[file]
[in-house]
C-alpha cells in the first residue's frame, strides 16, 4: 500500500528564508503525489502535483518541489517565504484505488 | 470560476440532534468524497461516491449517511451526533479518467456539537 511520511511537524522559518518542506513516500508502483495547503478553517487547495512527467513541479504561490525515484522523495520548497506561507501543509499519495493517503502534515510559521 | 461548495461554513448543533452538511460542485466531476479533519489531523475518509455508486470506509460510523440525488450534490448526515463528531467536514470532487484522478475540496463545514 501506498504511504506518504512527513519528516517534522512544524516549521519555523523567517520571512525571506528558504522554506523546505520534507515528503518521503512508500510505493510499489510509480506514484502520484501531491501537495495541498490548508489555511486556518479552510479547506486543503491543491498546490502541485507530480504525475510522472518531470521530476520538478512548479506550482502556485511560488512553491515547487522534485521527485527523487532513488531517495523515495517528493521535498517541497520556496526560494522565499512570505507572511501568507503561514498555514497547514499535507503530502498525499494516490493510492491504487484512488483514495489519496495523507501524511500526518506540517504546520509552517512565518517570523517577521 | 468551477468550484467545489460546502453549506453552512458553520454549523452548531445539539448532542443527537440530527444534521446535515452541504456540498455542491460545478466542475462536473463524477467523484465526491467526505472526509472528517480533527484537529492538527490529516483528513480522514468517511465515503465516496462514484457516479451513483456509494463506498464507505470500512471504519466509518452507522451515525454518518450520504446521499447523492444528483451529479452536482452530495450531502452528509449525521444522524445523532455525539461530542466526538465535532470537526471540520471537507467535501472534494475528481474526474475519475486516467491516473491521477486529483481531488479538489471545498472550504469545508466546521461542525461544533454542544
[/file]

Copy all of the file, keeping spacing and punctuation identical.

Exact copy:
[in-house]
C-alpha cells in the first residue's frame, strides 16, 4: 500500500528564508503525489502535483518541489517565504484505488 | 470560476440532534468524497461516491449517511451526533479518467456539537 511520511511537524522559518518542506513516500508502483495547503478553517487547495512527467513541479504561490525515484522523495520548497506561507501543509499519495493517503502534515510559521 | 461548495461554513448543533452538511460542485466531476479533519489531523475518509455508486470506509460510523440525488450534490448526515463528531467536514470532487484522478475540496463545514 501506498504511504506518504512527513519528516517534522512544524516549521519555523523567517520571512525571506528558504522554506523546505520534507515528503518521503512508500510505493510499489510509480506514484502520484501531491501537495495541498490548508489555511486556518479552510479547506486543503491543491498546490502541485507530480504525475510522472518531470521530476520538478512548479506550482502556485511560488512553491515547487522534485521527485527523487532513488531517495523515495517528493521535498517541497520556496526560494522565499512570505507572511501568507503561514498555514497547514499535507503530502498525499494516490493510492491504487484512488483514495489519496495523507501524511500526518506540517504546520509552517512565518517570523517577521 | 468551477468550484467545489460546502453549506453552512458553520454549523452548531445539539448532542443527537440530527444534521446535515452541504456540498455542491460545478466542475462536473463524477467523484465526491467526505472526509472528517480533527484537529492538527490529516483528513480522514468517511465515503465516496462514484457516479451513483456509494463506498464507505470500512471504519466509518452507522451515525454518518450520504446521499447523492444528483451529479452536482452530495450531502452528509449525521444522524445523532455525539461530542466526538465535532470537526471540520471537507467535501472534494475528481474526474475519475486516467491516473491521477486529483481531488479538489471545498472550504469545508466546521461542525461544533454542544